Shopping centre transactions, which had started to gather some modest upwards momentum since the start of the year, virtually dried up as the Silicon Valley Bank and Credit Suisse both collapsed. Consequently, both the number and volume (sqm) of shopping centre transactions was lower in the first quarter of this year compared to a year earlier. Shopping centre cap rates have continued to edge higher across the whole spectrum of asset types, reaching their highest level since May 2016 according to The Data App estimates.
Whilst the increase in cap rates over the past year has been abrupt, the number of transactions remains below its long run trend. Whilst the slow market, in part, probably reflects the change in funding conditions, the number of shopping centre assets currently sitting on the market, points to a continuing discrepancy between the bit and offer spread. Indeed, while the implied shopping centre implied risk premium has increased over the past year, it remains close to 50 basis points below its long-run average. Should shopping centre risk premium revert back to its long-run risk premium then there is still further upside to cap rates.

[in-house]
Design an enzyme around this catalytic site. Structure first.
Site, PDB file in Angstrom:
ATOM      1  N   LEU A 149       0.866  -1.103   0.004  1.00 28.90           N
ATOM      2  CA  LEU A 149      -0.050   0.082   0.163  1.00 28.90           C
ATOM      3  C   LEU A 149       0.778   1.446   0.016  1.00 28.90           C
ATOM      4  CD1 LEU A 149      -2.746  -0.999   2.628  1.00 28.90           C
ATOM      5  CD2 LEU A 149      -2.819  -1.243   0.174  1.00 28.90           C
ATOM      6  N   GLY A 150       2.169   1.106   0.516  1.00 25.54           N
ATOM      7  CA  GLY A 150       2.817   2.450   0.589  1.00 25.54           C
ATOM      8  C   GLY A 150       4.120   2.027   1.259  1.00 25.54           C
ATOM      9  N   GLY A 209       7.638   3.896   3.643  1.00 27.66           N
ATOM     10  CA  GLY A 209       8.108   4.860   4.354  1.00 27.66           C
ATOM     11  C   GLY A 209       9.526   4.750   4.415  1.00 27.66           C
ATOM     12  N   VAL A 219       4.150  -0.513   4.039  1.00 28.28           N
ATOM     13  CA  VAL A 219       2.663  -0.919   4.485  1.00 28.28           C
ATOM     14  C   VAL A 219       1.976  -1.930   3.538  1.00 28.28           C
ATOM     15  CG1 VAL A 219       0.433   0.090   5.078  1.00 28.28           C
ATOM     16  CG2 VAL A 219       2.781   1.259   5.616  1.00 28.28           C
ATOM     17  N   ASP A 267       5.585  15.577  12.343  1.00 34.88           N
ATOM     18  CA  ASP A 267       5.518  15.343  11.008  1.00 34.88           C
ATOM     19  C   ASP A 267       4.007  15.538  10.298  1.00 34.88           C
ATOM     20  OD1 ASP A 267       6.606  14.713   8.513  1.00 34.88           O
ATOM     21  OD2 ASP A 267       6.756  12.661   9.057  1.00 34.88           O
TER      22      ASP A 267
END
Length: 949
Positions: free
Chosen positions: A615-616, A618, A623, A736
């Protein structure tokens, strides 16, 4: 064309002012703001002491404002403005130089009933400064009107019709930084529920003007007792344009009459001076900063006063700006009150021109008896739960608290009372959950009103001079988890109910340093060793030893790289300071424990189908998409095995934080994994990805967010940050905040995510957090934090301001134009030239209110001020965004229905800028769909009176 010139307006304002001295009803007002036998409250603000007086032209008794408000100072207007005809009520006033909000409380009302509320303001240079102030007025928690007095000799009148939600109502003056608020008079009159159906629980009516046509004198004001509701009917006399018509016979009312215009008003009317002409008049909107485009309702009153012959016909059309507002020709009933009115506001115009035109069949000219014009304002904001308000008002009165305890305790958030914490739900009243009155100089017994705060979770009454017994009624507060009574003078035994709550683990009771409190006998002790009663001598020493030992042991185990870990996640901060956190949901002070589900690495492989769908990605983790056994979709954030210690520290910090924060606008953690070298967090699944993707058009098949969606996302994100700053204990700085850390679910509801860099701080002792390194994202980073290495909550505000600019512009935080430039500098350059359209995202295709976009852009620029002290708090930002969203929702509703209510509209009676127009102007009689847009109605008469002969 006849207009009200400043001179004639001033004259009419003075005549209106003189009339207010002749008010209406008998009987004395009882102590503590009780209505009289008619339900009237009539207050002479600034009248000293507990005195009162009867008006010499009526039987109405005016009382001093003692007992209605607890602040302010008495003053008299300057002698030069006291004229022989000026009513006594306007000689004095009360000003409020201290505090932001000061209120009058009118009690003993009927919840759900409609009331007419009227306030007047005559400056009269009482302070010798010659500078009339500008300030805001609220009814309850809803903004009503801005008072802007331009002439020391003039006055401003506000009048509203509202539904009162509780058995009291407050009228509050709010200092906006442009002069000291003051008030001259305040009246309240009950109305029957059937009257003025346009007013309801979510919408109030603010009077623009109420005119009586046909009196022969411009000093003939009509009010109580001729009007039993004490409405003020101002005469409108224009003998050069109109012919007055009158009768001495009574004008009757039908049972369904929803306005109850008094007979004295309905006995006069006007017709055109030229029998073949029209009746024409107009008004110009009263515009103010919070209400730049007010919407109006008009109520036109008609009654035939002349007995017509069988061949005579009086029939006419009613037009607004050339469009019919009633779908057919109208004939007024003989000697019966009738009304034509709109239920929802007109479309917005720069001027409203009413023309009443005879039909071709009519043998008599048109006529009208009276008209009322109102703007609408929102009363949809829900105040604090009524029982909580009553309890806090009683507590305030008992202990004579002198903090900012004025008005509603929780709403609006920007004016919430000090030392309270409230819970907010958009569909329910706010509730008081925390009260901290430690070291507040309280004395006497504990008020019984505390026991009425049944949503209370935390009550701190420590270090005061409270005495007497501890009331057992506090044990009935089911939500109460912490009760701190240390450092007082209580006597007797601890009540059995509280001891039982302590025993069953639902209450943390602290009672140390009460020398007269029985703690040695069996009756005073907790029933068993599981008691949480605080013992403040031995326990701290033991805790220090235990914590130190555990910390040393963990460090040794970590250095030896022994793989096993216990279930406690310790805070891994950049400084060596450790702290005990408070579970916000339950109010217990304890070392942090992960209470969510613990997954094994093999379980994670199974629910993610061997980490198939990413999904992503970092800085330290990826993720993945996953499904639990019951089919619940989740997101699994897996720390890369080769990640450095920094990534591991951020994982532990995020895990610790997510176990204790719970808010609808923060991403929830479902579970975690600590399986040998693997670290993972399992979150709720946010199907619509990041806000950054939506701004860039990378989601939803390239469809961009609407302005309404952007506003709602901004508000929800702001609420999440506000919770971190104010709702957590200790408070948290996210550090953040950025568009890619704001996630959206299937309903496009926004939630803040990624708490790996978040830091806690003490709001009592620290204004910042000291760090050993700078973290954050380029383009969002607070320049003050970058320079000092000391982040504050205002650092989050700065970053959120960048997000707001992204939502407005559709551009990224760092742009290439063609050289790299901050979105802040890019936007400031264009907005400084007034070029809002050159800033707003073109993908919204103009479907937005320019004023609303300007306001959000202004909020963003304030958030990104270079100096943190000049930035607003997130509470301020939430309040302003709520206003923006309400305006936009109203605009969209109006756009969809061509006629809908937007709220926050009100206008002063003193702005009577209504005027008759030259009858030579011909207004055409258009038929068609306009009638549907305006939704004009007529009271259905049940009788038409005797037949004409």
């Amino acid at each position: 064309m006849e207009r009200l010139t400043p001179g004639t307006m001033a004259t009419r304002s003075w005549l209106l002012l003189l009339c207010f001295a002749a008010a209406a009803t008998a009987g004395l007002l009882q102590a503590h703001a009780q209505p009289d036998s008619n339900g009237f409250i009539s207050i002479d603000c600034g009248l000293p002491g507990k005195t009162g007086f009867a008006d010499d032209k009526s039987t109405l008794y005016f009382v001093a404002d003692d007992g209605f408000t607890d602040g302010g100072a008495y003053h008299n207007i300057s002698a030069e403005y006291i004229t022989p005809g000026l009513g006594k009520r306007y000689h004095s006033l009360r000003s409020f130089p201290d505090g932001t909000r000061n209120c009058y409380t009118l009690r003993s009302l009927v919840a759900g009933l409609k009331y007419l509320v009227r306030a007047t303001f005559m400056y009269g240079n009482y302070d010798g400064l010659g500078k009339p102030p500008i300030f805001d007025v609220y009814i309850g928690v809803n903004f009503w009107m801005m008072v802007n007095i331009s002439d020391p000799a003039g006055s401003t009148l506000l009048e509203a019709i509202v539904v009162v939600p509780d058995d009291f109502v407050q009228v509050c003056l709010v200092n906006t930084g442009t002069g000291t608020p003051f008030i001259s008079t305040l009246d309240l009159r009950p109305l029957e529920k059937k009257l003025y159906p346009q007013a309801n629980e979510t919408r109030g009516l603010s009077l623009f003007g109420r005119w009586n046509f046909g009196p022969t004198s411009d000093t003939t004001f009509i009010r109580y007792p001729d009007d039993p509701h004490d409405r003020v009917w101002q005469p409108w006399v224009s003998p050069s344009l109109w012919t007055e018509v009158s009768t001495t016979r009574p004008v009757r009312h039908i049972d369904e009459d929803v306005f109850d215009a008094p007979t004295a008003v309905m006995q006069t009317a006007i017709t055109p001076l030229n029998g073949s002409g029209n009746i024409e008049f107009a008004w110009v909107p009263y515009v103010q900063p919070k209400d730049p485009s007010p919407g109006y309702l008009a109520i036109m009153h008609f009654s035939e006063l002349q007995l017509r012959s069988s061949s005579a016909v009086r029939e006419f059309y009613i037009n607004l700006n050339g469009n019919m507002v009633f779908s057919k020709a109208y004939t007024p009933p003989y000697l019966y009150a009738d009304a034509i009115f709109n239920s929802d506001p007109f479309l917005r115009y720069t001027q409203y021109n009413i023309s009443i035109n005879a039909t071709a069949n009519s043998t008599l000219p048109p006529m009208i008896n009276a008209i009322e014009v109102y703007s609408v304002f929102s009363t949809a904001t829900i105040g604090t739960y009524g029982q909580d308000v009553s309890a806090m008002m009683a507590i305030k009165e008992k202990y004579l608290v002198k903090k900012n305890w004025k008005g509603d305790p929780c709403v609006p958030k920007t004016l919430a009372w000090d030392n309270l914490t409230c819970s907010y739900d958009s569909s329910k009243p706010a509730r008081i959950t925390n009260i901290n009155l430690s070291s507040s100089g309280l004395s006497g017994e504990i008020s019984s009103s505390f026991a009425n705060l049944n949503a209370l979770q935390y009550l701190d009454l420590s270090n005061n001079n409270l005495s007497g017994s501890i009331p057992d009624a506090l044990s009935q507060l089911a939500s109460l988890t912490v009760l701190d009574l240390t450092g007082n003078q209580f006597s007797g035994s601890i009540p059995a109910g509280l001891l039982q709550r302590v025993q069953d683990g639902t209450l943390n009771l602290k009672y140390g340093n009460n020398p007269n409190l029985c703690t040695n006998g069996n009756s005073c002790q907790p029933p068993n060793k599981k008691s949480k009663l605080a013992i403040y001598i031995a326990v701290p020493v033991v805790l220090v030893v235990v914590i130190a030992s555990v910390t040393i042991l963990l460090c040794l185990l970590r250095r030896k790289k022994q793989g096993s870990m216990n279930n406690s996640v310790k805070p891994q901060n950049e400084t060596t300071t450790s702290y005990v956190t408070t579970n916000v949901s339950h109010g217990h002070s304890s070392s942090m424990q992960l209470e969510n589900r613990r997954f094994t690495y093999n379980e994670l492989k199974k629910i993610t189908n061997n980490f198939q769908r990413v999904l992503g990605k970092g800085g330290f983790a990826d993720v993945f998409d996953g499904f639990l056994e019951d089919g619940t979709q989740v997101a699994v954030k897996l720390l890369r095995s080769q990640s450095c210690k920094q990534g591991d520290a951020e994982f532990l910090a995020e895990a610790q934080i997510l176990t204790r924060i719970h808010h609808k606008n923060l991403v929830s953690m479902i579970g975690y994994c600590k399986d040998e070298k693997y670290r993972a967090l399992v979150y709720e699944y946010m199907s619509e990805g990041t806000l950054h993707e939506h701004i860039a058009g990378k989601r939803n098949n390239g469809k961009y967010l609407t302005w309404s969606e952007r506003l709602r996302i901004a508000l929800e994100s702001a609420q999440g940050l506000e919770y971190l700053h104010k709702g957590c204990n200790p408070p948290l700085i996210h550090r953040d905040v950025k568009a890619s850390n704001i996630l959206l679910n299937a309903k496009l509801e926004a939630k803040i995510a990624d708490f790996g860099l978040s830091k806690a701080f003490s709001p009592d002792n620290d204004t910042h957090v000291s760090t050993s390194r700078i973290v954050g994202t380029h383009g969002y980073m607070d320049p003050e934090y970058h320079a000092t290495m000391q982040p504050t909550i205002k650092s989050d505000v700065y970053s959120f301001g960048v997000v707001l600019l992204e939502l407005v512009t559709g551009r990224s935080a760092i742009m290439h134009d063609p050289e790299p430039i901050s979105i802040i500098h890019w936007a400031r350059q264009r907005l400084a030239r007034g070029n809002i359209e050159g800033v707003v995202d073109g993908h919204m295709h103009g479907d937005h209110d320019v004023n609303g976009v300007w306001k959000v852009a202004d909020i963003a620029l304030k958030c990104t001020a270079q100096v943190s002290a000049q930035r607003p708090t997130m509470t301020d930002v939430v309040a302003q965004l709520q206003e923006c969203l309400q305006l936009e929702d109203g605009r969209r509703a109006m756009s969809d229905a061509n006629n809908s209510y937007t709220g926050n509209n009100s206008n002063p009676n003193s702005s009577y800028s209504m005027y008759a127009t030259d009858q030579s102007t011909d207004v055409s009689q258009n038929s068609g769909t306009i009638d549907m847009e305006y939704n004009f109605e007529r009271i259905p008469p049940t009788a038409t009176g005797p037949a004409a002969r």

With respect to the recent banking crisis, involving Silicon Valley Bank and Credit Suisse, it is unlikely their collapse is disinflationary. If so, there is every chance global inflation will be higher for longer following the pumping of liquidity into the system by central banks around the world, all of which is occurring against a backdrop where interest rates are expected to at a lower level than envisaged prior to the recent crisis. This creates a predicament for central banks as tighter monetary policy will be required to supress any inflationary pressures which brings with it the risk of additional financial woes and tighter lending criteria for potential borrowers.
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Further research undertaken by the http://PAR.Group/ on the impact of the pandemic and e-commerce on shopping centres refer to the links below:
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The Data App (TDA) is a member of the PAR Group, an independent research collective offering a comprehensive range of property research and analytical services. The team is experienced in economics, property research, transactional and corporate strategy; all with extensive industry involvement in both the property and finance sectors. Visit: http://par.group/ for more information.